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Work, work, then work some more: GaryVee’s secret to success isn’t so secret

Gary Vaynerchuk is a renaissance man of the social media age. GaryVee, as he’s known on Twitter, markets wine, delivers keynotes and pimps podcasts. He even flips basketball cards.

And, of course, GaryVee writes books that coach his ambitious admirers about how to follow in his footsteps. Vaynerchuk’s recent works include #AskGaryVee, The Thank You Economy and Crushing It!

Among his pearls of wisdom:

Don’t get caught up in the college hype.

The recent college admission scandal illustrates how seriously Americans take college. But even as tuition soars, there’s a dirty little secret the university system isn’t marketing: College education is becoming obsolete. Business morphs so rapidly that what you learn in the classroom becomes outdated by the time you graduate. You pay dearly for a degree, incurring debt that you can’t wash away, not even by declaring bankruptcy. A college campus isn’t the only place to discover who you are and what you love to do, nor is it the best place to gain practical workplace skills, Vaynerchuk argues. Studying in the “School of Life” is more valuable – and less costly.

Hustle.

“I have seen people transform themselves by increasing their hustle,”

Vaynerchuk writes in #AskGaryVee. Venture capital and an Ivy League degree are fine, but the best indicator of entrepreneurial success is a strong work ethic. Hustle separates the wannabes from the achievers. You can’t control your innate talent, but you possess complete control over how much effort you expend. Hard work alone doesn’t guarantee success, but not working hard enough is a sure recipe for failure. The Internet’s round-the-clock ethos allows you to keep working long after your rivals have gone to bed.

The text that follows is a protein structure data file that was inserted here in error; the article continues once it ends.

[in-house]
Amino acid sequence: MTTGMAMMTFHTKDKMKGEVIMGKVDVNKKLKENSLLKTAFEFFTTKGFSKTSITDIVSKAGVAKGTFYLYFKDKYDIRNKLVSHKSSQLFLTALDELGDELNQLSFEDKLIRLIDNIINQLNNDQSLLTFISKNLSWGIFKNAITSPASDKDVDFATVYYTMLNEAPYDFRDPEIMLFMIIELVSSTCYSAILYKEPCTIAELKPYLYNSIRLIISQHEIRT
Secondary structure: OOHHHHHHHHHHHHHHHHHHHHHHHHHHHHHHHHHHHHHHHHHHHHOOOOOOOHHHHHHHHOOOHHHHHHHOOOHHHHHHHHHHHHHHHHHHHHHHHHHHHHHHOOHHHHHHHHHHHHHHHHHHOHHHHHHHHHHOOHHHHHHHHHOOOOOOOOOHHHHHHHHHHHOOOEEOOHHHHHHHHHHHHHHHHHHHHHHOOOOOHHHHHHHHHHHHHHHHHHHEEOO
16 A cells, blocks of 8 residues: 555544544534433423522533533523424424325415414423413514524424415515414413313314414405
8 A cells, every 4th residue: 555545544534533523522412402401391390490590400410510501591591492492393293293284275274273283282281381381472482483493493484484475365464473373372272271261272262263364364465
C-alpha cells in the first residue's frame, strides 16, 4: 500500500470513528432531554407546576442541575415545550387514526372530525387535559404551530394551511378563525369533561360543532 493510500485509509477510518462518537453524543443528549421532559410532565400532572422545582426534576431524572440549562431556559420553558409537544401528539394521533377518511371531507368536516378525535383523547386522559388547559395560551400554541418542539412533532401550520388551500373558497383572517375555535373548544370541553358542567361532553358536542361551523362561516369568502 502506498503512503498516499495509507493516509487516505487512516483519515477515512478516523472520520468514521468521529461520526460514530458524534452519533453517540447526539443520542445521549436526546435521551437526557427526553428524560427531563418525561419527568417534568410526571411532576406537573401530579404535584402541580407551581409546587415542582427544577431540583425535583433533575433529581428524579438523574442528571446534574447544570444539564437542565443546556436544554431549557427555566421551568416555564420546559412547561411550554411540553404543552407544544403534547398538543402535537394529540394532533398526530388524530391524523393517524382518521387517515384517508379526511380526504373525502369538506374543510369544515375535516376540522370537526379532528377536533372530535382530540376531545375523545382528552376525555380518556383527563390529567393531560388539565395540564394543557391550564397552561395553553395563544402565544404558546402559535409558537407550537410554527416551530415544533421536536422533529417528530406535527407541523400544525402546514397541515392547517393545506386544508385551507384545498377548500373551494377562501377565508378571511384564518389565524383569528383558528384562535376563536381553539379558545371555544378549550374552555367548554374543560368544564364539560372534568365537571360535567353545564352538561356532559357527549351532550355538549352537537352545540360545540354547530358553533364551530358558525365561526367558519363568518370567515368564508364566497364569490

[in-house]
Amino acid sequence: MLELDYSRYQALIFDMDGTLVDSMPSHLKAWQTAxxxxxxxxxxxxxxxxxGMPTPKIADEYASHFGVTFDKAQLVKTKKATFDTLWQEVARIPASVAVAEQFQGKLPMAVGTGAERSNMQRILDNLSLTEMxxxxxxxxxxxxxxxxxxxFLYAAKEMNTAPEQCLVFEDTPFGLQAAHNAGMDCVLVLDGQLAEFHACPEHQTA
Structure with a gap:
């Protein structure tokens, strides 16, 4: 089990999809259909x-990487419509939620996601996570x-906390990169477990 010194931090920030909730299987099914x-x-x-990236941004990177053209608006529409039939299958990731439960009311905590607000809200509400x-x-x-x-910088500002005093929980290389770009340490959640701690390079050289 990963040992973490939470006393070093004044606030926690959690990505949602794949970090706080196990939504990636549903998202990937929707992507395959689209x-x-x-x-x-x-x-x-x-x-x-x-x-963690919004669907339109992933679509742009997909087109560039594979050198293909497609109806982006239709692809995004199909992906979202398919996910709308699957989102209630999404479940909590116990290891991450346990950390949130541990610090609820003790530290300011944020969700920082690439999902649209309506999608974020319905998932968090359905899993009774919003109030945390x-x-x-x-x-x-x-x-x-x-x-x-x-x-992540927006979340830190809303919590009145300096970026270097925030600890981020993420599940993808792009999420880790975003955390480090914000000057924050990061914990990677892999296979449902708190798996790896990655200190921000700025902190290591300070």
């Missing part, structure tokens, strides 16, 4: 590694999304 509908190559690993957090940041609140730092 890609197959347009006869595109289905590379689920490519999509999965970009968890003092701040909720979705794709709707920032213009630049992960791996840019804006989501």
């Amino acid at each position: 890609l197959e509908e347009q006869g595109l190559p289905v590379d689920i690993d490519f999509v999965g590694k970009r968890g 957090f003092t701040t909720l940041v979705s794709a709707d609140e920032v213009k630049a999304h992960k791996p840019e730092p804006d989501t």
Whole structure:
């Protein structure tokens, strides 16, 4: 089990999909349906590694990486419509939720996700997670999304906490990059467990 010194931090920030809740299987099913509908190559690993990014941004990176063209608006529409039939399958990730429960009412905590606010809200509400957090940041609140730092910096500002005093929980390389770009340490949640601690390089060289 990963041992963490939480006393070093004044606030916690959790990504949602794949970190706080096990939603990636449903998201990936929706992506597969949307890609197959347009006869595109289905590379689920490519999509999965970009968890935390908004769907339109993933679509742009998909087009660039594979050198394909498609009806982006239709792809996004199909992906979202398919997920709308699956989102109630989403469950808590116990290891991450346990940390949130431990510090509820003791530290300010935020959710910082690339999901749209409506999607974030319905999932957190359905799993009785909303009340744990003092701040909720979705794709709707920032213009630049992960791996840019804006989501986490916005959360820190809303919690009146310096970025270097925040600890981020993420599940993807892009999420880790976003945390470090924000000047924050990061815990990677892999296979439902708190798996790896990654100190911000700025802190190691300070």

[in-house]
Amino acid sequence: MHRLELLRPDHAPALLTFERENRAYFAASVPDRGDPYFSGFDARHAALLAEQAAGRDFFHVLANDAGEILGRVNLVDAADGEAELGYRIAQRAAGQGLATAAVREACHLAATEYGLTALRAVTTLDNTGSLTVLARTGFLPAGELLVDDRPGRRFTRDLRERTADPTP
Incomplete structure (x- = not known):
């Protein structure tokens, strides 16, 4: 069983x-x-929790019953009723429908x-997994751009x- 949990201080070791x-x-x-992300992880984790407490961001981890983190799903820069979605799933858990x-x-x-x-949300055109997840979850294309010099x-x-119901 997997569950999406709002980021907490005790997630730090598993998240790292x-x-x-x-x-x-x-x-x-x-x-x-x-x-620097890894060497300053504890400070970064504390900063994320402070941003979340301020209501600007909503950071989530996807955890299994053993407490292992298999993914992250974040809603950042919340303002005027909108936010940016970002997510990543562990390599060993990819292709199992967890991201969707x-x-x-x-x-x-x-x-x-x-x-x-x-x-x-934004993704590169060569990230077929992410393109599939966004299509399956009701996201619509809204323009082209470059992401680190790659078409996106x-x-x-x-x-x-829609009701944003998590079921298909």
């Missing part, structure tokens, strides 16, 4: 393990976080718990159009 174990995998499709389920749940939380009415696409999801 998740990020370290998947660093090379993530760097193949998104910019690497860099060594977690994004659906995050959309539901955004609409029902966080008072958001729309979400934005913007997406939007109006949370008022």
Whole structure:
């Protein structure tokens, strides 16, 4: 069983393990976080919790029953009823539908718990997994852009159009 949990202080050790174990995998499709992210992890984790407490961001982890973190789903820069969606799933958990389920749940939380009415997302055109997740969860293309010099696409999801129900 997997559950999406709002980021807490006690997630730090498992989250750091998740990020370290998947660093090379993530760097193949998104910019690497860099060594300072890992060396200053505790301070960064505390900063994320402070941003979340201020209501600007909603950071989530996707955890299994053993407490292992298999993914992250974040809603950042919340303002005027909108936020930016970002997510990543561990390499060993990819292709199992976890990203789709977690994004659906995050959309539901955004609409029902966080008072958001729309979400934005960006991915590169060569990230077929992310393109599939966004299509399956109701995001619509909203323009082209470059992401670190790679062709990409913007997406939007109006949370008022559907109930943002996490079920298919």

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Embrace vanity.

Vaynerchuk is a proponent of personal brand-building. He’s omnipresent on social media. If that seems crass, that’s because it is. Building a personal brand all but requires appearing narcissistic. You’ll also look like an idiot sometimes. Don’t worry about what others say or think. Instead, embrace Twitter, Instagram, YouTube, podcasting and any other promotional tool you run across.

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Work harder.

Video games? Waste of time. Watching TV? For losers. Vaynerchuk recommends against long lunches, golf outings and other time-sucking pastimes. Instead, Vaynerchuk advises, get to work. Then work some more. Most people who start businesses run them on the side at first. If you’re also working a day job, that means your time is precious. Schedule the time you need to spend with family, and be certain to sleep six to eight hours a night. Otherwise, devote every second to your work. Vaynerchuk does offer a caveat for the less ambitious: If you don’t care whether your business succeeds wildly, you can do less and lead a more balanced life. Just be clear about what it is you want.

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To read summaries of books by Gary Vaynerchuk and other hard-charging thought leaders, visit the getAbstract library.

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